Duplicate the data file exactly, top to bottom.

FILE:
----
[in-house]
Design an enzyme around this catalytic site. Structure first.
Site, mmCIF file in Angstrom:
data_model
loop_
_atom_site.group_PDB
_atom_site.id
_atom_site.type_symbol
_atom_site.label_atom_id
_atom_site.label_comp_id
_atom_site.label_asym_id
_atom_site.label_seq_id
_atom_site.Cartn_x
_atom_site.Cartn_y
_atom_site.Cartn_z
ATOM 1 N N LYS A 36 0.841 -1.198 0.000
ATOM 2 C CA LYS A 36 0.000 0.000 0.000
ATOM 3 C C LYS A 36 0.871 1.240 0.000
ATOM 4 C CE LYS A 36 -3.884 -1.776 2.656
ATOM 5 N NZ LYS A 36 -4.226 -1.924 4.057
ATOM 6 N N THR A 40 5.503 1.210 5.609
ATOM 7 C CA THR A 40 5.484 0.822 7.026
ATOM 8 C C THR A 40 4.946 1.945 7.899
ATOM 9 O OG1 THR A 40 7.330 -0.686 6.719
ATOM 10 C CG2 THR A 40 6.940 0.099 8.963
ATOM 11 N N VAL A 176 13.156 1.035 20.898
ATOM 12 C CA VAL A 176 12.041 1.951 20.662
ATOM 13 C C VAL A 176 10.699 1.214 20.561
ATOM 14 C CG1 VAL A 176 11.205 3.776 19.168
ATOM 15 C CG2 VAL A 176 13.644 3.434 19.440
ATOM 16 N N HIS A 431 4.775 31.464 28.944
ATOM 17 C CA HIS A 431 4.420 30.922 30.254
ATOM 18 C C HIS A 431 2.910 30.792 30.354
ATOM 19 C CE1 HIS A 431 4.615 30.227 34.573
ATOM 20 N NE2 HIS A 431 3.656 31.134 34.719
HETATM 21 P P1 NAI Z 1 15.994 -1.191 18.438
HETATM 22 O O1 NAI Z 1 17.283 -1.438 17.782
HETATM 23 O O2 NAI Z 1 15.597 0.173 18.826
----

[in-house]
Design an enzyme around this catalytic site. Structure first.
Site, mmCIF file in Angstrom:
data_model
loop_
_atom_site.group_PDB
_atom_site.id
_atom_site.type_symbol
_atom_site.label_atom_id
_atom_site.label_comp_id
_atom_site.label_asym_id
_atom_site.label_seq_id
_atom_site.Cartn_x
_atom_site.Cartn_y
_atom_site.Cartn_z
ATOM 1 N N LYS A 36 0.841 -1.198 0.000
ATOM 2 C CA LYS A 36 0.000 0.000 0.000
ATOM 3 C C LYS A 36 0.871 1.240 0.000
ATOM 4 C CE LYS A 36 -3.884 -1.776 2.656
ATOM 5 N NZ LYS A 36 -4.226 -1.924 4.057
ATOM 6 N N THR A 40 5.503 1.210 5.609
ATOM 7 C CA THR A 40 5.484 0.822 7.026
ATOM 8 C C THR A 40 4.946 1.945 7.899
ATOM 9 O OG1 THR A 40 7.330 -0.686 6.719
ATOM 10 C CG2 THR A 40 6.940 0.099 8.963
ATOM 11 N N VAL A 176 13.156 1.035 20.898
ATOM 12 C CA VAL A 176 12.041 1.951 20.662
ATOM 13 C C VAL A 176 10.699 1.214 20.561
ATOM 14 C CG1 VAL A 176 11.205 3.776 19.168
ATOM 15 C CG2 VAL A 176 13.644 3.434 19.440
ATOM 16 N N HIS A 431 4.775 31.464 28.944
ATOM 17 C CA HIS A 431 4.420 30.922 30.254
ATOM 18 C C HIS A 431 2.910 30.792 30.354
ATOM 19 C CE1 HIS A 431 4.615 30.227 34.573
ATOM 20 N NE2 HIS A 431 3.656 31.134 34.719
HETATM 21 P P1 NAI Z 1 15.994 -1.191 18.438
HETATM 22 O O1 NAI Z 1 17.283 -1.438 17.782
HETATM 23 O O2 NAI Z 1 15.597 0.173 18.826